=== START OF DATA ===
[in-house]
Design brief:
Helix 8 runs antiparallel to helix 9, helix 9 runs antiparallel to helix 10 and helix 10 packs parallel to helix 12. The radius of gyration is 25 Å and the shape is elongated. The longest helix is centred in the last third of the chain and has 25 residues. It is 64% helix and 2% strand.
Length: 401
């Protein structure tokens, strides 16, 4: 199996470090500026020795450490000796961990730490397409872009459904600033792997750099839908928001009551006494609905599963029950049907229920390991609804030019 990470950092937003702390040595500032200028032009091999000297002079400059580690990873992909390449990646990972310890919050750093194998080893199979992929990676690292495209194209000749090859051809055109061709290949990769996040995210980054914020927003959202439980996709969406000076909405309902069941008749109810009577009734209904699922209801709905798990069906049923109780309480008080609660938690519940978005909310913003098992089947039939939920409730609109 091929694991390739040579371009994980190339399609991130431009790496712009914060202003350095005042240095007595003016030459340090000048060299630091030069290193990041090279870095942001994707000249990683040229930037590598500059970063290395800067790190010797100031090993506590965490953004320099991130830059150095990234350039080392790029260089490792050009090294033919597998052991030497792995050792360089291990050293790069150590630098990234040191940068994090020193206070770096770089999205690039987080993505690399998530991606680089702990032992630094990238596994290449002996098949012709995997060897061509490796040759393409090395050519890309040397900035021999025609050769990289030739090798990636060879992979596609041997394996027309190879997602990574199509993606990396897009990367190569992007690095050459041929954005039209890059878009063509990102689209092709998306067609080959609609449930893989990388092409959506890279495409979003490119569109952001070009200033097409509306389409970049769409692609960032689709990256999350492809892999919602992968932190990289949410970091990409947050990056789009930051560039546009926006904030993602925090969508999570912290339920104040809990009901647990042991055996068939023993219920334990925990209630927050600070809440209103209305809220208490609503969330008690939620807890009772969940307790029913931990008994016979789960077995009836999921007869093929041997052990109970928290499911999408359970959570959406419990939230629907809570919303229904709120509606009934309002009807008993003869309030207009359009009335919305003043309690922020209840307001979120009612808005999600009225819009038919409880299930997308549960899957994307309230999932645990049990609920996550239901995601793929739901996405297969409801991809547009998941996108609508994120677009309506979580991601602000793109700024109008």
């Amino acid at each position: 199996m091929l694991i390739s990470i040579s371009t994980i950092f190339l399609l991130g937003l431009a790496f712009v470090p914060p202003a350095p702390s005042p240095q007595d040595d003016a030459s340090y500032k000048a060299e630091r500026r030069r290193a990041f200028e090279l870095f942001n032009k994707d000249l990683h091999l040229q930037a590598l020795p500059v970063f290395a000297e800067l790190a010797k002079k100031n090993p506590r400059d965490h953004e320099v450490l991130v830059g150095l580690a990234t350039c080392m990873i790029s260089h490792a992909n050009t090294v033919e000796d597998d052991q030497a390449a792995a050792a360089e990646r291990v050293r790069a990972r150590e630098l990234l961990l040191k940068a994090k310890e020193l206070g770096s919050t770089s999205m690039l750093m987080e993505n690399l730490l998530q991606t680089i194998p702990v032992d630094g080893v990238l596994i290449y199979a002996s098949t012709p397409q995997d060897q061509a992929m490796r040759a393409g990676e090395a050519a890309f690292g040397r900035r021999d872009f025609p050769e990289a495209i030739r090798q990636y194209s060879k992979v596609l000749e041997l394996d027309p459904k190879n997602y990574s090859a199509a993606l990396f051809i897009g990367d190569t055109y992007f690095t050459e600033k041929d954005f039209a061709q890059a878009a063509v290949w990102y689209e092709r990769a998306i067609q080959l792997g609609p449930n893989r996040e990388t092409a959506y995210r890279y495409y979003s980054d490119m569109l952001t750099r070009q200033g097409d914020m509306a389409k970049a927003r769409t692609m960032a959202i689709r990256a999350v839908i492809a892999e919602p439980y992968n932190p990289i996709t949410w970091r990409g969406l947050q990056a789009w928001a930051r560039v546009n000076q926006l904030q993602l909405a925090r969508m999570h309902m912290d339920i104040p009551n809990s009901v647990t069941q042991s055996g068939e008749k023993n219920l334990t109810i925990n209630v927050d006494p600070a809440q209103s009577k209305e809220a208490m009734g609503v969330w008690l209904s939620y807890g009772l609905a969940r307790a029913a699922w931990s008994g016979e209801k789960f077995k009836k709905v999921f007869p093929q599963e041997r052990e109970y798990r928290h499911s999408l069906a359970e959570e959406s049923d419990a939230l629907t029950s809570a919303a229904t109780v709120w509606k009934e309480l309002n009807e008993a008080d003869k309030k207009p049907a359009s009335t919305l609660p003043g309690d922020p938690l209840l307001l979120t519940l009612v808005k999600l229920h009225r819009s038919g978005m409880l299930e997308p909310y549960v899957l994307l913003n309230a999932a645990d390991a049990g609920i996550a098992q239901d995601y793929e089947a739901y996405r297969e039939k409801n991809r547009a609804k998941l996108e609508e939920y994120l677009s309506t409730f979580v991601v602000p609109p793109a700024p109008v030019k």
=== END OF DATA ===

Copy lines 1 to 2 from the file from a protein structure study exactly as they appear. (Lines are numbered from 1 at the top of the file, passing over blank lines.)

[in-house]
Design brief: